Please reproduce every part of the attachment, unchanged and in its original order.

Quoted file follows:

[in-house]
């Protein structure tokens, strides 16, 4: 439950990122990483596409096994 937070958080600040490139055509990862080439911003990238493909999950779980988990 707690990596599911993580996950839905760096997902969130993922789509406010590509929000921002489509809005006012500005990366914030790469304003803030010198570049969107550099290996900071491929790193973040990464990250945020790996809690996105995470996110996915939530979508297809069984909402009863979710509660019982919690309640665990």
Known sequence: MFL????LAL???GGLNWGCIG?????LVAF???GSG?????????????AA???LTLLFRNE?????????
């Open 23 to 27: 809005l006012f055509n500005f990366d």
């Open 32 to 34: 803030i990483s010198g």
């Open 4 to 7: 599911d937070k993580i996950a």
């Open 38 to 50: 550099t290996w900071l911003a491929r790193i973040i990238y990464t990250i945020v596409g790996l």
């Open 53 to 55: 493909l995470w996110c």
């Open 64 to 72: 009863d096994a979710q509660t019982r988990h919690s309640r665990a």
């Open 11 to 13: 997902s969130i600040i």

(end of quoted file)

[in-house]
């Protein structure tokens, strides 16, 4: 439950990122990483596409096994 937070958080600040490139055509990862080439911003990238493909999950779980988990 707690990596599911993580996950839905760096997902969130993922789509406010590509929000921002489509809005006012500005990366914030790469304003803030010198570049969107550099290996900071491929790193973040990464990250945020790996809690996105995470996110996915939530979508297809069984909402009863979710509660019982919690309640665990």
Known sequence: MFL????LAL???GGLNWGCIG?????LVAF???GSG?????????????AA???LTLLFRNE?????????
């Open 23 to 27: 809005l006012f055509n500005f990366d």
């Open 32 to 34: 803030i990483s010198g």
């Open 4 to 7: 599911d937070k993580i996950a």
């Open 38 to 50: 550099t290996w900071l911003a491929r790193i973040i990238y990464t990250i945020v596409g790996l």
């Open 53 to 55: 493909l995470w996110c």
């Open 64 to 72: 009863d096994a979710q509660t019982r988990h919690s309640r665990a």
């Open 11 to 13: 997902s969130i600040i």